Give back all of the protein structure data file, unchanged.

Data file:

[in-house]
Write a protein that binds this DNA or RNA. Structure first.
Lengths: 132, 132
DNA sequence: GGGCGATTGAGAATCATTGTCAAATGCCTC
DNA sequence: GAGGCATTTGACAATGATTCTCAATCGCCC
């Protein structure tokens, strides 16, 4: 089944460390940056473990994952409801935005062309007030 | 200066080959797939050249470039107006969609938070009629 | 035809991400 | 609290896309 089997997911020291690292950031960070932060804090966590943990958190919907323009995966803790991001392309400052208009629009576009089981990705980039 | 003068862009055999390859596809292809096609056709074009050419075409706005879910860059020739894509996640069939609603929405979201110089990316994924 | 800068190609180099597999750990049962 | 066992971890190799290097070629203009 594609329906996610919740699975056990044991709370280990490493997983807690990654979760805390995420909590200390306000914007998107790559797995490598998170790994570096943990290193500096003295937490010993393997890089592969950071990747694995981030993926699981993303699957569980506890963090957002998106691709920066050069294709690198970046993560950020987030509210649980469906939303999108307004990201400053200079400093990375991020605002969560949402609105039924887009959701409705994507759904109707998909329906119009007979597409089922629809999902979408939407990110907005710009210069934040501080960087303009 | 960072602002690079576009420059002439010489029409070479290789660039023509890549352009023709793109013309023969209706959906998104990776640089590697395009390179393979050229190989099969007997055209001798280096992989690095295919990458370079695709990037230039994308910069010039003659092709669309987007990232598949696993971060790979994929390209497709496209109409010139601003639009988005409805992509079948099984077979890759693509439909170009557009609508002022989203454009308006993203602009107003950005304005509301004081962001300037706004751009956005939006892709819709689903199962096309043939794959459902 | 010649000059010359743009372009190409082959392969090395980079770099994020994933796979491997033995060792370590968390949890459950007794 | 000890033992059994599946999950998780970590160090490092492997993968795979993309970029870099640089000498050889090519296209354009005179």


[in-house]
Write a protein that binds this DNA or RNA. Structure first.
Lengths: 132, 132
DNA sequence: GGGCGATTGAGAATCATTGTCAAATGCCTC
DNA sequence: GAGGCATTTGACAATGATTCTCAATCGCCC
């Protein structure tokens, strides 16, 4: 089944460390940056473990994952409801935005062309007030 | 200066080959797939050249470039107006969609938070009629 | 035809991400 | 609290896309 089997997911020291690292950031960070932060804090966590943990958190919907323009995966803790991001392309400052208009629009576009089981990705980039 | 003068862009055999390859596809292809096609056709074009050419075409706005879910860059020739894509996640069939609603929405979201110089990316994924 | 800068190609180099597999750990049962 | 066992971890190799290097070629203009 594609329906996610919740699975056990044991709370280990490493997983807690990654979760805390995420909590200390306000914007998107790559797995490598998170790994570096943990290193500096003295937490010993393997890089592969950071990747694995981030993926699981993303699957569980506890963090957002998106691709920066050069294709690198970046993560950020987030509210649980469906939303999108307004990201400053200079400093990375991020605002969560949402609105039924887009959701409705994507759904109707998909329906119009007979597409089922629809999902979408939407990110907005710009210069934040501080960087303009 | 960072602002690079576009420059002439010489029409070479290789660039023509890549352009023709793109013309023969209706959906998104990776640089590697395009390179393979050229190989099969007997055209001798280096992989690095295919990458370079695709990037230039994308910069010039003659092709669309987007990232598949696993971060790979994929390209497709496209109409010139601003639009988005409805992509079948099984077979890759693509439909170009557009609508002022989203454009308006993203602009107003950005304005509301004081962001300037706004751009956005939006892709819709689903199962096309043939794959459902 | 010649000059010359743009372009190409082959392969090395980079770099994020994933796979491997033995060792370590968390949890459950007794 | 000890033992059994599946999950998780970590160090490092492997993968795979993309970029870099640089000498050889090519296209354009005179």